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Self-diagnosis in the Age of TikTok

Have you ever found yourself scrolling through TikTok, landing on a clip of a woman in her car listing her symptoms, thinking, “I must have OCD too!” Or maybe you're perusing Instagram reels, where a man in an armchair is leaning forward, spouting symptoms of ADHD and depression. You think to yourself, “Huh, maybe I have both. Add those to the list.”

As humans, we seek answers. We seek community and belonging. The phenomenon of taking to social media to find connection resembles a completely natural human desire to find belonging. 

Since the outbreak of the COVID-19 pandemic, engagement with content on social media pertaining to mental health has increased significantly. This is good news for many reasons including breaking stigmas surrounding mental health and increasing a sense of community. There are also reasons for concern, particularly when sources are unreliable or if the conclusion is giving yourself a mental health diagnosis.

Let’s explore some of the benefits and risks in engaging with mental health content on social media platforms.


1. Builds community and belonging 

It is known that many of us turn to social media or other online platforms as a way to feel connection. If you resonate with information being shared from a TikTok, you form a connection to that user. Other users that engage with the content or speak on similar topics can easily expand your feeling of belonging. 

Shared experiences are important to our mental health. When the experiences concern vulnerable topics such as mental health, the opportunity for feeling belonging skyrockets.

2. Breaks stigma 

Historically, it has often been taboo to openly discuss diagnoses or to discuss mental health struggles in general. The rise in this type of content helps to break this stigma. When we see people who look like us or share similar life circumstances who speak openly about their struggles, it encourages others to feel comfortable doing the same. 

3. Increases validation in seeking treatment 

Similar to the point above, when we are exposed to others who interact with therapists, psychiatrists, or the medical system in general, we feel encouraged and more prepared to do the same. People can share tips and tricks in finding the right provider as well as guide people in the right direction to begin their treatment journey.

There are, however, many downfalls to the rise in this type of content. Here are some aspects of engaging with this type of media that can be harmful:


1. Is restrictive and reductive

Diagnosing yourself with a mental health disorder can be extremely restrictive. If you resonate deeply with some symptoms in a video on ADHD, for example, there are nuances that are not fully explored. For example, many symptoms of ADHD overlap with depression, bipolar disorder, anxiety, sleep disorders, and PTSD (MedScape). 

There are also important differences in how mental health issues present in different populations. Videos often reduce mental health experiences down to a few characteristics without considering other important factors in accurate diagnosis. Factors such as age of onset, sex, gender, duration of symptoms, and interference in social and occupational settings are vital to consider in receiving an accurate diagnosis and receiving proper treatment.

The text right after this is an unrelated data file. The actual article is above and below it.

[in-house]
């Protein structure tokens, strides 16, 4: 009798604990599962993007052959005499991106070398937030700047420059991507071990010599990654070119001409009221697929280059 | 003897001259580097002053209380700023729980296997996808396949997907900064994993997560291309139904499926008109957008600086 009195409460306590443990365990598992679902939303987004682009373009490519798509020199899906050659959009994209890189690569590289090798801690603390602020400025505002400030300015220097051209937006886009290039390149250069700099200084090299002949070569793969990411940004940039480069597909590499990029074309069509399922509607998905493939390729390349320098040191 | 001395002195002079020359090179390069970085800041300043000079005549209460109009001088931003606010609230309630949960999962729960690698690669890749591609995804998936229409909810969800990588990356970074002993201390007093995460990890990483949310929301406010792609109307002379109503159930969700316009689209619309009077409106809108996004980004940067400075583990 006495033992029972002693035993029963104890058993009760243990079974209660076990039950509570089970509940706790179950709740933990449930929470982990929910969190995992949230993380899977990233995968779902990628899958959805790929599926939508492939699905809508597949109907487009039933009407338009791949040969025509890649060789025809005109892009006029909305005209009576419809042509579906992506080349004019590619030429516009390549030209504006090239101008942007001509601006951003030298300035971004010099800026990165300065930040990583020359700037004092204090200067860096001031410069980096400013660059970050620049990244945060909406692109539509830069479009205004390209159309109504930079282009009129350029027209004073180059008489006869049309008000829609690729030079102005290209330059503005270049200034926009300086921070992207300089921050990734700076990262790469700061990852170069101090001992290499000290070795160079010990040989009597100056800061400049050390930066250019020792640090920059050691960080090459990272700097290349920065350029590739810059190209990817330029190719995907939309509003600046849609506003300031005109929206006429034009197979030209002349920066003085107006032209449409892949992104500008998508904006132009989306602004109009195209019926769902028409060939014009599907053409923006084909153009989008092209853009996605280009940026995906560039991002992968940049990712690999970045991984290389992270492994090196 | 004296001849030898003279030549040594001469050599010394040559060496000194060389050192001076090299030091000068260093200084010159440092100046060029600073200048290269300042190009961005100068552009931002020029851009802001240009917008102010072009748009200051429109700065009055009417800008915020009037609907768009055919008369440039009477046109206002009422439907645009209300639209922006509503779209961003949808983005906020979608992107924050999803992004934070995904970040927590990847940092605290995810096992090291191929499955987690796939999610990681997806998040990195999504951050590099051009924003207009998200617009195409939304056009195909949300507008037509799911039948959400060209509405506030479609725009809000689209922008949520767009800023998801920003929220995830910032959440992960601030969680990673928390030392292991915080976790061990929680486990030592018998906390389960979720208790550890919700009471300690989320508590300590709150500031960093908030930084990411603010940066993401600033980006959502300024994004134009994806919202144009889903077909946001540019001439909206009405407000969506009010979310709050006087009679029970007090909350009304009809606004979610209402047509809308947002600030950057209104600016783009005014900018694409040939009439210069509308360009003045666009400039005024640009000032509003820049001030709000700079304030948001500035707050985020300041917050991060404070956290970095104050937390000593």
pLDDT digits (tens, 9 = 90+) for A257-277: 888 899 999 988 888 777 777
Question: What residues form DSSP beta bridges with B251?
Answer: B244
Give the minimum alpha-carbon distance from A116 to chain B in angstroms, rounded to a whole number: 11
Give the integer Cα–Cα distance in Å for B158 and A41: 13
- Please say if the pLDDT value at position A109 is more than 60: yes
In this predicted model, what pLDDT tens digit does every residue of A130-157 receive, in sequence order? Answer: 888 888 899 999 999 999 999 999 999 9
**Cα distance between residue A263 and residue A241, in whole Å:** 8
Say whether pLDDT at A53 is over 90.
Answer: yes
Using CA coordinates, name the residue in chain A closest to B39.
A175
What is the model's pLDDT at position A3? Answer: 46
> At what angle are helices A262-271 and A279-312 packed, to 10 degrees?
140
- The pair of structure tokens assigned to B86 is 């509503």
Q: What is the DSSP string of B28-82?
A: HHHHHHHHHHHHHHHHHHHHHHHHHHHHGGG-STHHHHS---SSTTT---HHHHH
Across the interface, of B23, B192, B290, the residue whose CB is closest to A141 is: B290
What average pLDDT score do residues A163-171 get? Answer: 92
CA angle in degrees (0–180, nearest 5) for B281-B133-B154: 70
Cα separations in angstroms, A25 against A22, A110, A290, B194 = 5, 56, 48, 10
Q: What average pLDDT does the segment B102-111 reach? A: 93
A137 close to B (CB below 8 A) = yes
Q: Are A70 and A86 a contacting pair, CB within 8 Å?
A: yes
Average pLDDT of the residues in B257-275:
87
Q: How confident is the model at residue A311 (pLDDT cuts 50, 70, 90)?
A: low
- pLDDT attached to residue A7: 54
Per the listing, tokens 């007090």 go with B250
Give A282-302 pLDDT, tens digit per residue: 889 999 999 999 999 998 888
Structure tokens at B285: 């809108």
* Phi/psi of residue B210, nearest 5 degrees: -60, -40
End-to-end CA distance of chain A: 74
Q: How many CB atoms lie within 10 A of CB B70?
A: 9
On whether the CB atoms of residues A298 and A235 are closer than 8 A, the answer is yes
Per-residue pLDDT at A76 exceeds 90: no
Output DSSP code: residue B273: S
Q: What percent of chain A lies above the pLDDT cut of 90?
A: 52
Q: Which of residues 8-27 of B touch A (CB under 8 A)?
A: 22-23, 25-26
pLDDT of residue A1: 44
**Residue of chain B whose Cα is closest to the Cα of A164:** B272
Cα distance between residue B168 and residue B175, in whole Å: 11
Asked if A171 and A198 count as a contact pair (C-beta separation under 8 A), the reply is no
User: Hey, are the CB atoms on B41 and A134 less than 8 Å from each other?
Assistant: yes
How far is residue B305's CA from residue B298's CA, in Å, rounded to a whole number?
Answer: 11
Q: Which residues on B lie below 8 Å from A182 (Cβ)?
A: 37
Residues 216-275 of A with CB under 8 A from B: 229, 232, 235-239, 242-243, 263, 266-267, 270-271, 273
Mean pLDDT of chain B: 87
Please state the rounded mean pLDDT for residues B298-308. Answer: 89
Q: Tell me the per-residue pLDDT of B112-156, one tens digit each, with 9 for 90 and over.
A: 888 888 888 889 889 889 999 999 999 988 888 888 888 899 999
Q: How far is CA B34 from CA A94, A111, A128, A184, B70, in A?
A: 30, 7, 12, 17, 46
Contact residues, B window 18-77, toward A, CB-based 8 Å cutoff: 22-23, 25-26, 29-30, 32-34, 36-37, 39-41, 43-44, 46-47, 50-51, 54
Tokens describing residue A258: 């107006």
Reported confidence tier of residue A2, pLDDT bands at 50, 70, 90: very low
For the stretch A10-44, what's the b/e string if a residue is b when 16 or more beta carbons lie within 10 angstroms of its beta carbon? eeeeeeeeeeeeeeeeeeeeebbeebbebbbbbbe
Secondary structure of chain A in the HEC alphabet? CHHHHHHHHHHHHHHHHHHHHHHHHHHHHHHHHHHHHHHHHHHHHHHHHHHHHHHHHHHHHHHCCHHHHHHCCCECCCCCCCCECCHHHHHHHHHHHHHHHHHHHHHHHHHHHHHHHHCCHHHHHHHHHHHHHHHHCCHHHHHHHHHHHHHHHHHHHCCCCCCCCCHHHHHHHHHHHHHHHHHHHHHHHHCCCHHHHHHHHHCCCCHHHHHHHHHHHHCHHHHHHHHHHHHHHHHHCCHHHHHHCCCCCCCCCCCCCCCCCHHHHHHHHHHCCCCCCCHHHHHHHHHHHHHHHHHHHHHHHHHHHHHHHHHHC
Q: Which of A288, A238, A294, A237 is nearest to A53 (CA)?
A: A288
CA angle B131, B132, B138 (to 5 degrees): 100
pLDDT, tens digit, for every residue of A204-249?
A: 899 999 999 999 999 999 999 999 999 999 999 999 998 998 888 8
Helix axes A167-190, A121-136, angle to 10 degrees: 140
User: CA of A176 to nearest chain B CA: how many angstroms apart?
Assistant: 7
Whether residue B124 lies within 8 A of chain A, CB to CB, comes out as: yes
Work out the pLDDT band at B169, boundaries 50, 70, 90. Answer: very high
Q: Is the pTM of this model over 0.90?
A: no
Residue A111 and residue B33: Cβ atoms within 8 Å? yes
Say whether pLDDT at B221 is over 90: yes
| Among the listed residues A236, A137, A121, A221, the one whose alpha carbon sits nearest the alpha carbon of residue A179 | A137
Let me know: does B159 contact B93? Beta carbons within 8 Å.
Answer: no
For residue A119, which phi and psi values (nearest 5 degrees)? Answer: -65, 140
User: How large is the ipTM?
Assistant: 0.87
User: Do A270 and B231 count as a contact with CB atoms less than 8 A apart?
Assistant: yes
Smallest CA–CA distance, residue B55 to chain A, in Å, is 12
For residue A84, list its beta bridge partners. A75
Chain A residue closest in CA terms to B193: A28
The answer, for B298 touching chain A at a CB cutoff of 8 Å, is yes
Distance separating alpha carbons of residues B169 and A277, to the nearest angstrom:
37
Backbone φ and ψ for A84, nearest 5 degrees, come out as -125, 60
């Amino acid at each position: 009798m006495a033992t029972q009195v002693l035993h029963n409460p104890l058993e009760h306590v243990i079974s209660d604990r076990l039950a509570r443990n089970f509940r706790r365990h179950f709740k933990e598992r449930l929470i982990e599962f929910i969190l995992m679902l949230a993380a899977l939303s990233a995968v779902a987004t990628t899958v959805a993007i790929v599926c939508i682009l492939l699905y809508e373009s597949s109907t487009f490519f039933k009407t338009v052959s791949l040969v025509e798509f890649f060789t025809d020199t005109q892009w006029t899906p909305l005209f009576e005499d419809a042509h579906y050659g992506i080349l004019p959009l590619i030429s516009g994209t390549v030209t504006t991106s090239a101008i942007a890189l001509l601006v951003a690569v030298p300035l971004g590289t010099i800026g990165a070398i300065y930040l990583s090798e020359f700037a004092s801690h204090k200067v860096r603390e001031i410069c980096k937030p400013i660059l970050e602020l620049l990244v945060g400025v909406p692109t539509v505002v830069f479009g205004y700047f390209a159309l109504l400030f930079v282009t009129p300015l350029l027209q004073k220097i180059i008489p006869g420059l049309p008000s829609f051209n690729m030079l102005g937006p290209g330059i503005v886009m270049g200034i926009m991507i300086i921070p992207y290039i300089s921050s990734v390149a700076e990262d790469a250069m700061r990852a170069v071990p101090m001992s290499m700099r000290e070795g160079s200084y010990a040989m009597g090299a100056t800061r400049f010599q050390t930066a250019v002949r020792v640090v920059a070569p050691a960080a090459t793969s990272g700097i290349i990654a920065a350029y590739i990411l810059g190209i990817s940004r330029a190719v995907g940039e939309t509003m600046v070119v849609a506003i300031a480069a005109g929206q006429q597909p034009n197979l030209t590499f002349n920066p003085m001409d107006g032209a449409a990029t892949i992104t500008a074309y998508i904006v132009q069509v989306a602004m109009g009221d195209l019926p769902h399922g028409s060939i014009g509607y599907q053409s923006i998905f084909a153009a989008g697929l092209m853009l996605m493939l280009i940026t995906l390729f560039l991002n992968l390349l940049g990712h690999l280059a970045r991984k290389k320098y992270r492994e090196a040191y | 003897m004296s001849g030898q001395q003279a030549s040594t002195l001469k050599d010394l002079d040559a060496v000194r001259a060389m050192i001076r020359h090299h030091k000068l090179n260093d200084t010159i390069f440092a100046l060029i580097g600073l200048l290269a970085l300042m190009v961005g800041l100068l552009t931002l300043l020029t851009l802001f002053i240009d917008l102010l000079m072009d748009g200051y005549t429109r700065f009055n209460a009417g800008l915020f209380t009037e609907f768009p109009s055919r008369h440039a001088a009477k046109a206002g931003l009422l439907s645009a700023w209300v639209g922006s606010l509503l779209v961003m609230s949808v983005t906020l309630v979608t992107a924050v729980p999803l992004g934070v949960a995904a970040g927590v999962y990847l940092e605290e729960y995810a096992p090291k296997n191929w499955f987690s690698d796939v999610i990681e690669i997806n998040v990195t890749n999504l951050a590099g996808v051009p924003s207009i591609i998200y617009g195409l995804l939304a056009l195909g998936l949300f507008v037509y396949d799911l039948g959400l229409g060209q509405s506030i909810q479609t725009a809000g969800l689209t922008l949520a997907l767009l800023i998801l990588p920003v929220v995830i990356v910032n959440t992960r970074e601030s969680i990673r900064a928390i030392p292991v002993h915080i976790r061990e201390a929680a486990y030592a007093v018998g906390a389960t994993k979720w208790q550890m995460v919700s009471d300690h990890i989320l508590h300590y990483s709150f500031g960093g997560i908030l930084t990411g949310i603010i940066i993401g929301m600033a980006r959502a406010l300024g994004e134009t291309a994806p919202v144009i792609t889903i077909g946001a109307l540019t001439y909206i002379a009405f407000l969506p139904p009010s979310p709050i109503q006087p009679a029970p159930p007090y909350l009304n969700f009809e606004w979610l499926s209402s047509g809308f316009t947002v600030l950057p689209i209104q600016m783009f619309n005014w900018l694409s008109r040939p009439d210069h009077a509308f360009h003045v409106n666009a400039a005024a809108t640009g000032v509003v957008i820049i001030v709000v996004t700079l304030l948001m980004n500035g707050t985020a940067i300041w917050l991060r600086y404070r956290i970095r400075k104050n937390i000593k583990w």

2. Spreads misinformation

According to the Canadian Journal of Psychiatry, 27% of the faces that we see on TikTok discussing mental health are speaking from personal experience. In a 2022 study, about half of a sample of TikTok videos on ADHD were considered to be misleading. 

It is extremely important to remember that anyone and everyone can post to social media – this is both the beauty and the curse of it. It is wonderful that it allows full access to information, and it requires us to be very critical of our sources.

Advice on dealing with certain symptoms on social media is often not evidence-based. Evidence based research is the gold standard in terms of mental health care, and it is hard to know when a TikTok is making use of this.

3. Keeps people from receiving proper care

A major concern of self diagnosis is thinking this is a good place to stop. Now that a person feels a sense of understanding and belonging, they may not feel the need to seek further help. With no exploration of a potential diagnosis from a qualified provider, it may not be an accurate diagnosis to begin with. 

How should I proceed?

  • Be curious and critical! After engaging with information, take a look at the person’s qualifications. Are they speaking from personal experience? Do they have a proper license and are they using it responsibly? What are their sources, and are their sources evidence-based?
  • Remember that most symptoms are normal human experiences that exist on spectrums of intensity. Your provider can help to determine the level to which symptoms interfere with your everyday life. Your provider can also assist in exploring what the purpose of a diagnosis would be for you. Diagnoses can be helpful, and in some cases, diagnoses can overlook important aspects of the whole person.
  • Take note of what resonates in these videos and bring your thoughts to a trusted provider. Exploration with a professional ensures a safe and appropriate approach to your mental health care.


Mental health diagnoses can be extremely helpful for people to receive proper support, medication, community, and belonging. However, the process of proper diagnosis is incredibly important to ensure that the proper supports are provided. 

If you do engage with media pertaining to mental health, integrate caution and curiosity into your viewership. Connect with a provider to address any concerns or questions.

Further Reading and Resources 

Social Media and Self-diagnosis by Ellen McVay https://www.hopkinsmedicine.org/news/articles/2023/08/social-media-and-self-diagnosis